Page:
Dying, Death, and Bereavement in Social Work Practice: Decision Cases for Advanced Practice

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Columbia University Press, Jun 19, 2012 - Social Science - 280 pages
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Practitioners who work with clients at the end of their lives face difficult decisions concerning the client's self-determination, the kind of death he or she will have, and the prolongation of life. They must also remain sensitive to the beliefs and needs of family members and the legal, ethical, and spiritual ramifications of the client's death. Featuring twenty-three decision cases based on interviews with professional social workers, this unique volume allows students to wrestle with the often incomplete and conflicting information, ethical issues, and time constraints of actual cases. Instead of offering easy solutions, this book provides detailed accounts that provoke stimulating debates among students, enabling them to confront their own responses, beliefs, and uncertainties to hone their critical thinking and decision making skills for professional practice.

*Please note: Teaching Notes for this volume will be available from Electronic Hallway in Spring 2010.

To access the Teaching Notes, you must first become a member of the Electronic Hallway. The main Electronic Hallway web page is at https://hallway.org/index.php. To join, click Become a Hallway Member in the Get Involved category or point your browser directly to https://hallway.org/involved/join.php and provide the required information.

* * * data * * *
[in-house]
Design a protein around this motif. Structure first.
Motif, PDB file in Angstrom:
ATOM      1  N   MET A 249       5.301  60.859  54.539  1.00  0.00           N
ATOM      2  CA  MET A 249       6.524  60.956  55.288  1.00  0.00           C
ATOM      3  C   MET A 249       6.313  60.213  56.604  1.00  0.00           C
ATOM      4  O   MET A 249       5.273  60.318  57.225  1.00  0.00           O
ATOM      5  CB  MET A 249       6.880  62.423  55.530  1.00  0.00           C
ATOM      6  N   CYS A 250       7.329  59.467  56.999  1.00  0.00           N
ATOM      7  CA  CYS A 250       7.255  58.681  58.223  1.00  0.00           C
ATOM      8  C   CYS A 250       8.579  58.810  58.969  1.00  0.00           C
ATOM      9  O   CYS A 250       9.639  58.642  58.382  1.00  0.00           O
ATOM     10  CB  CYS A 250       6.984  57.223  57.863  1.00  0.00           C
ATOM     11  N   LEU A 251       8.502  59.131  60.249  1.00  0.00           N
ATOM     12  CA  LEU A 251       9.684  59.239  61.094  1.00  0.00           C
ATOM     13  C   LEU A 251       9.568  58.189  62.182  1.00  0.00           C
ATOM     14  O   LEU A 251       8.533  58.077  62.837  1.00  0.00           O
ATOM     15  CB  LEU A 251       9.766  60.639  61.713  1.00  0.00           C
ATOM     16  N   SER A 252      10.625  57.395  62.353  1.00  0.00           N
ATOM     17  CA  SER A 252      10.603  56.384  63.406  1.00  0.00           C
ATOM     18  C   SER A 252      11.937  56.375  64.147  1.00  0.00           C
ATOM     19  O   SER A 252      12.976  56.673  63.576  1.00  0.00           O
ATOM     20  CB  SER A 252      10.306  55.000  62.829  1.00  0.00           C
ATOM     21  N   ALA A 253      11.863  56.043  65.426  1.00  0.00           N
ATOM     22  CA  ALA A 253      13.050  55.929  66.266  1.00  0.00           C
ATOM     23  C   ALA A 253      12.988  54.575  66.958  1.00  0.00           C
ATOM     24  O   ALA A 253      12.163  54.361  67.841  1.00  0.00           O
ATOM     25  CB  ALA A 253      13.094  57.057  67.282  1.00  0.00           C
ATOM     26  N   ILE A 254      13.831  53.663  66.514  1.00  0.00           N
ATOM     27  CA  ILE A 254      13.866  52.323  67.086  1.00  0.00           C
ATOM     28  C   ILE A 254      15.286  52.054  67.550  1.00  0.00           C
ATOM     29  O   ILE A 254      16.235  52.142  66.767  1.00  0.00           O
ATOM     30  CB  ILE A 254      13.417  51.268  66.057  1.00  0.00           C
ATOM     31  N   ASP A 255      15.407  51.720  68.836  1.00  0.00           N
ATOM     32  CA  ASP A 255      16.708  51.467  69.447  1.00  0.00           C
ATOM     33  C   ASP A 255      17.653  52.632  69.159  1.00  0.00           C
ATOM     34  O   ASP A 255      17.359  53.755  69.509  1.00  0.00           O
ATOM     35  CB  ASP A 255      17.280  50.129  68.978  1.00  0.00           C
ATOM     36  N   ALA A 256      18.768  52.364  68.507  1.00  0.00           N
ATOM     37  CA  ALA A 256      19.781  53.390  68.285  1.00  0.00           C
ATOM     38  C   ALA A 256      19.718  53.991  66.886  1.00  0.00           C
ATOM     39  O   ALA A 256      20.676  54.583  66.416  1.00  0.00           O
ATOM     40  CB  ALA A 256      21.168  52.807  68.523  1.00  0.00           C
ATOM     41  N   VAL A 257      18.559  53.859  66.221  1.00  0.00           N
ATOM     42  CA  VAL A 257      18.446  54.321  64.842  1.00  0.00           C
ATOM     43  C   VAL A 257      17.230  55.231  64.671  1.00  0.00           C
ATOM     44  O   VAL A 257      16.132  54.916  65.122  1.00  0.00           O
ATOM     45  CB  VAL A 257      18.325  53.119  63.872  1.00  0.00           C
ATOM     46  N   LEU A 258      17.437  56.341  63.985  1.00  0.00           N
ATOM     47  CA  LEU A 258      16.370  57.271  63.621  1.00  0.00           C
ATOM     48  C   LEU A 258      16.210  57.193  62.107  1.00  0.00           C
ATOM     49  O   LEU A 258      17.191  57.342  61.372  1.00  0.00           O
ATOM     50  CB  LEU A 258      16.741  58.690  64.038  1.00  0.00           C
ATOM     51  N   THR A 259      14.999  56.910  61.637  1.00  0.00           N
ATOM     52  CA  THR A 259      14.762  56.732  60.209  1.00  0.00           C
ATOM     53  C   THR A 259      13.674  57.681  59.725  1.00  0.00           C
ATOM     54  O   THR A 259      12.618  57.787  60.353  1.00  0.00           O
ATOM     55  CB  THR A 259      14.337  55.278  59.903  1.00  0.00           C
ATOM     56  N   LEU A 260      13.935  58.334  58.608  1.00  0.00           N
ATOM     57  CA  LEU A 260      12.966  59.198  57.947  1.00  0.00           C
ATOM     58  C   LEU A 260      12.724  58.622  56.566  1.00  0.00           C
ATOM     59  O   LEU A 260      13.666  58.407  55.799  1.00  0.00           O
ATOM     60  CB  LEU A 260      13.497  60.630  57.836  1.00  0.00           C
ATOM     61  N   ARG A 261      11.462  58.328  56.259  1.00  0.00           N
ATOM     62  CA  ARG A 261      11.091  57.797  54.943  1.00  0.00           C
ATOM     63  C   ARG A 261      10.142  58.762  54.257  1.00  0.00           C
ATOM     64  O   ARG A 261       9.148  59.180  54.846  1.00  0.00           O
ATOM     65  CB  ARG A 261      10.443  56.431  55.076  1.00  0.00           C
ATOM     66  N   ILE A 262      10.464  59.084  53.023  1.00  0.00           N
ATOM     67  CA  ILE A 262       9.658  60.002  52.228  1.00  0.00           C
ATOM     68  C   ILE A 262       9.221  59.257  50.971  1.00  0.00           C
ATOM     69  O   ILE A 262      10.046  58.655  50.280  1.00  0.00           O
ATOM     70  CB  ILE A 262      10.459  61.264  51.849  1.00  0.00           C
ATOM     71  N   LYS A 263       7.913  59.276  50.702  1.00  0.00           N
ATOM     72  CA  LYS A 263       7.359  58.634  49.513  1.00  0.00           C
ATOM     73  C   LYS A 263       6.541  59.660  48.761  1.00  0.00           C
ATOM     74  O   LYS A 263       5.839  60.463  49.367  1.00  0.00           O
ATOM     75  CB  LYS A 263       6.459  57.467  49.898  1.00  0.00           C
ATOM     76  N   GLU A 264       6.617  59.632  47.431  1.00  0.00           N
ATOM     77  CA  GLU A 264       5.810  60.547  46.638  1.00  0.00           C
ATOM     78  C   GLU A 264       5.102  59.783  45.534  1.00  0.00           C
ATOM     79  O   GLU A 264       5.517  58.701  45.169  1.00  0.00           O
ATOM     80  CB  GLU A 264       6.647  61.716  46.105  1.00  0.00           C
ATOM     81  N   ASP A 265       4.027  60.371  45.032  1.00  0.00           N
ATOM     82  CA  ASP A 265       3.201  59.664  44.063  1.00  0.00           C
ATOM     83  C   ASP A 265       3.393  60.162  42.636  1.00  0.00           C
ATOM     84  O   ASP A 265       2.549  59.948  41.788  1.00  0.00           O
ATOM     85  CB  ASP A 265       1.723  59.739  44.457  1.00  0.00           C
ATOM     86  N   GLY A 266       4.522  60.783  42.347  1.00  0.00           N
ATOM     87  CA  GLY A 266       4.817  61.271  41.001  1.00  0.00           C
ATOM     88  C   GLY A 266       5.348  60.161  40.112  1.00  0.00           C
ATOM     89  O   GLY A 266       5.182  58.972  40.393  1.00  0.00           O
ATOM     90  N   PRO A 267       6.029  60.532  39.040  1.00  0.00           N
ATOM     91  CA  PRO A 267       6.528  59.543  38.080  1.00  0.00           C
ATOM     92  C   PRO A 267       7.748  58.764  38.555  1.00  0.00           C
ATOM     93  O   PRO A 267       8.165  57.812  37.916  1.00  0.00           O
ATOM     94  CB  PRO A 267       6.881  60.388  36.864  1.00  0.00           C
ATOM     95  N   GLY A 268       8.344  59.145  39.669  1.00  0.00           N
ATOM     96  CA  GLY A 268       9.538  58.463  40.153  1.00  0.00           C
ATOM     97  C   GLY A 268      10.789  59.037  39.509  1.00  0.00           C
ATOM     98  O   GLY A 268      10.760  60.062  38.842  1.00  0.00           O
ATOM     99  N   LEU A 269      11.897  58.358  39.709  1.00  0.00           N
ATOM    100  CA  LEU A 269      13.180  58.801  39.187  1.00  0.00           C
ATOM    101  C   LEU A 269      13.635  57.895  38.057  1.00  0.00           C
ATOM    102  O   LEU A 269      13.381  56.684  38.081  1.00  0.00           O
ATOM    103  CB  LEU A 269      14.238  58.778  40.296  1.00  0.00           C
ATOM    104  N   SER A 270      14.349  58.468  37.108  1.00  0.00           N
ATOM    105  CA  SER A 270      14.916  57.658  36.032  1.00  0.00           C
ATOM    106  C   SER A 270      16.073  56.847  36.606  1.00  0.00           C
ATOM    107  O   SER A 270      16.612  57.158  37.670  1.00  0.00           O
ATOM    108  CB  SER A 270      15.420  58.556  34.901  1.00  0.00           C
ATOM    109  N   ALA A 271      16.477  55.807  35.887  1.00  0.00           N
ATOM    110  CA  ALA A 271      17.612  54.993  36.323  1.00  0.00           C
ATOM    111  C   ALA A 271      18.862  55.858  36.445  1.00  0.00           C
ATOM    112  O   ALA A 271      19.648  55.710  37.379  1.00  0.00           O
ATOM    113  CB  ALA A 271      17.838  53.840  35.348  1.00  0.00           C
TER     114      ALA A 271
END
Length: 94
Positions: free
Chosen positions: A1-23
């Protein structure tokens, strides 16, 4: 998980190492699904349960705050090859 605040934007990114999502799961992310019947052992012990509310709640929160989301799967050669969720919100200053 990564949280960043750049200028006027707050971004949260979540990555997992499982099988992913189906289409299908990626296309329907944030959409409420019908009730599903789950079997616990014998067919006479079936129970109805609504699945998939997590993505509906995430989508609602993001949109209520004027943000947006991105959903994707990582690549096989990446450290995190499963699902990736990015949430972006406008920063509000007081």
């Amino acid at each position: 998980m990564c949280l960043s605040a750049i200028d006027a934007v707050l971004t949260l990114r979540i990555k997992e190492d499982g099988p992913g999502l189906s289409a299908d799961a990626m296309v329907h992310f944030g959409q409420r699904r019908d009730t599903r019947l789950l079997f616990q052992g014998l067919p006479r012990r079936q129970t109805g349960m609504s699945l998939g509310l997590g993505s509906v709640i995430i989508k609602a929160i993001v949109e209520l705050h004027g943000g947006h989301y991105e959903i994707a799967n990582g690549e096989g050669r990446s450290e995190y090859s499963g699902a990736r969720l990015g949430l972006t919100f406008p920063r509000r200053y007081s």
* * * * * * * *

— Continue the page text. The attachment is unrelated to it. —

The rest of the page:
After your instructor status has been confirmed, you will receive an email granting access to the Electronic Hallway. Once logged on to Electronic Hallway as a member, click Case Search in the Cases and Resources category on themain web page. Enter "death, dying, bereavement"(without the quotation marks) in the search box, select "all ofthe words" in the drop down menu, and click Submit. The search process will generate a list of Teaching Notes for cases from Dying, Death, and Bereavement in Social Work Practice: Decision Cases for Advanced Practice.


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Introduction to the Cases
Case Summaries
1 The Request
2 ResponseAbilities
3 Family Matters
4 Drug Interactions
5 Whose Will When?
6 Unusual Appeal
12 What Can I Tell? A
13 Grief at Work
14 Dying on Time
15 Just Thinking About It
16 A Painful Predicament
17 Til Death Do Us Part?
18 I Want to Talk to Your Supervisor
19 Drowning Sorrows A

7 The Last Dose
8 No Place for Grief A
9 Right Before Their Eyes
10 Private Charity A
11 Suicidal Coed
20 Seizing Hope A
21 Gifts A
22 Pattys Girls
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About the author (2012)

Terry A. Wolfer is an associate professor of social work at the University of South Carolina and serves on the editorial board of Social Work in End-of-Life and Palliative Care. His research interests include social work education and religion and spirituality in social work practice.

Vicki M. Runnion is a social worker at Hospice of Louisville, Kentucky. Employed in end-of-life care since 1980, she also staffs the ethics committee for the Hospice of Louisville and coordinates orientation for new social workers and chaplains. She was previously an adjunct instructor in social work at the University of South Carolina, Columbia College, and the University of Louisville.

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